The report was part of my grant agreement and I poured over it for days after I got home; carefully cutting borders from print-outs of my own photography at the reserve (before blogs, borders and ‘WordArt’ meant you were serious about your work and its presentation…) and painfully minding my handwriting, so as not to screw up the clarity of a word, and have to cross it out which would have certainly spoiled the piece!

Although I do not hold exactly the same views as I did back then (I read the report now and look at the photographs with a much wiser, more informed understanding), I thought it would be quite nice to share the little-seen, rarely read, ramblings of a just-returned from the adventure of a lifetime, determined to change the world 18-year-old version of myself. Enjoy!

Shamwari Report page 1

Shamwari Report page 2

Shamwari Report page 3Shamwari Report page 4Shamwari Report page 5Shamwari Report page 6Shamwari Report page 7Shamwari Report page 8Shamwari Report page 9Shamwari Report page 10Shamwari Report page 11


Could my ramblings have made a difference?!


So, the ‘Voice of Conservation’ may not have returned, but hopefully this blog played its part in bringing in a new competition?! Exciting! (Note: In case that screen grab is unclear to you, there are talks of a new ‘win a game ranger experience’ competition being run by Shamwari – in response to my previous blog post.Success!)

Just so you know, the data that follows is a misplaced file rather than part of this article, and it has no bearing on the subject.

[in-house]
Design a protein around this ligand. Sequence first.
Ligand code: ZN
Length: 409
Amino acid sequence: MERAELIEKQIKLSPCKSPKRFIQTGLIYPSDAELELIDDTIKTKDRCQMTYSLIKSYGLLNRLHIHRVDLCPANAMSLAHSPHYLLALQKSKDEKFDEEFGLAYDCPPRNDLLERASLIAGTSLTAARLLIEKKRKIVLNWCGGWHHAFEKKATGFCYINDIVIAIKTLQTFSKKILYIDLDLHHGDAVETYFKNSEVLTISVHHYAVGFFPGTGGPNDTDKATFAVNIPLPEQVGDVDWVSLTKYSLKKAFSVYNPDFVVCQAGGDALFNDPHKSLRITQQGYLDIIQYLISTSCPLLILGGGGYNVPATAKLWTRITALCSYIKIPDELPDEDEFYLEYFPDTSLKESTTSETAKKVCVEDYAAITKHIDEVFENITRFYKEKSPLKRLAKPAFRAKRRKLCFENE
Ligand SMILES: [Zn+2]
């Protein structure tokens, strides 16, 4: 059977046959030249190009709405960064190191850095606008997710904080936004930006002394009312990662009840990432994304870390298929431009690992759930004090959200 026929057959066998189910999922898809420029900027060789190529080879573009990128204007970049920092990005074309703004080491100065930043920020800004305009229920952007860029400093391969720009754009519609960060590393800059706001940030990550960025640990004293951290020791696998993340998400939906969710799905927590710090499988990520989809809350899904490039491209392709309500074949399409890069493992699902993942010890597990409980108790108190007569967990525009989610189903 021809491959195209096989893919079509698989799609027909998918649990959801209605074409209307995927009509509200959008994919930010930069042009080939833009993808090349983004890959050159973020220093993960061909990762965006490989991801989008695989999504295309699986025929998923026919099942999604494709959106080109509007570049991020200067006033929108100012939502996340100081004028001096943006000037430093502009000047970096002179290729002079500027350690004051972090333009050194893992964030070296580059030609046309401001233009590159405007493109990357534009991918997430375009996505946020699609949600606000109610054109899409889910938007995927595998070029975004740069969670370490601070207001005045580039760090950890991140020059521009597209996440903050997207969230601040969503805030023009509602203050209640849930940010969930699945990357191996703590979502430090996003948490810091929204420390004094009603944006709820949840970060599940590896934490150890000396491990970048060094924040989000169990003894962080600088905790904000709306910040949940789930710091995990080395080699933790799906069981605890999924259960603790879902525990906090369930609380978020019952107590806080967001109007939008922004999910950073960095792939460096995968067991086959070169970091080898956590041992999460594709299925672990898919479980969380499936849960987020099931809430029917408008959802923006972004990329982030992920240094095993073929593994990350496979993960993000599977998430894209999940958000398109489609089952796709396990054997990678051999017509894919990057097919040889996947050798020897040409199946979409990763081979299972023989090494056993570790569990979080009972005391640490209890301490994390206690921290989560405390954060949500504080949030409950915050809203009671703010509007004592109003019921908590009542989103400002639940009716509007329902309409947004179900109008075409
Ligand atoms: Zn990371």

What Happened to the Voice of Conservation…?

I started this blog on the 31st July 2011 after being inspired… or perhaps jealous… of the Voice of Conservation winners. For two consecutive years Shamwari Game Reserve, in partnership with Worldwide Experience, ran a competition offering a three-month trip to Shamwari Game Reserve on the Eastern Cape of South Africa to be the voice of their animals – and blog, Tweet, Facebook and video share to promote the message of conservation that Shamwari and the adjourning Born Free Foundation sanctuary so strongly believe in.

I loved reading the posts, responding to the Facebook questions and polls, and feeling as though I was still in touch with the Shamwari volunteer projects that I had loved so much when I’d taken my own gap year trip there in summer 2008. So it was with much sadness that the blog and the competition seemed to disappear last year – and from the lack of activity that I have seen this year, it looks as though it is not set to return.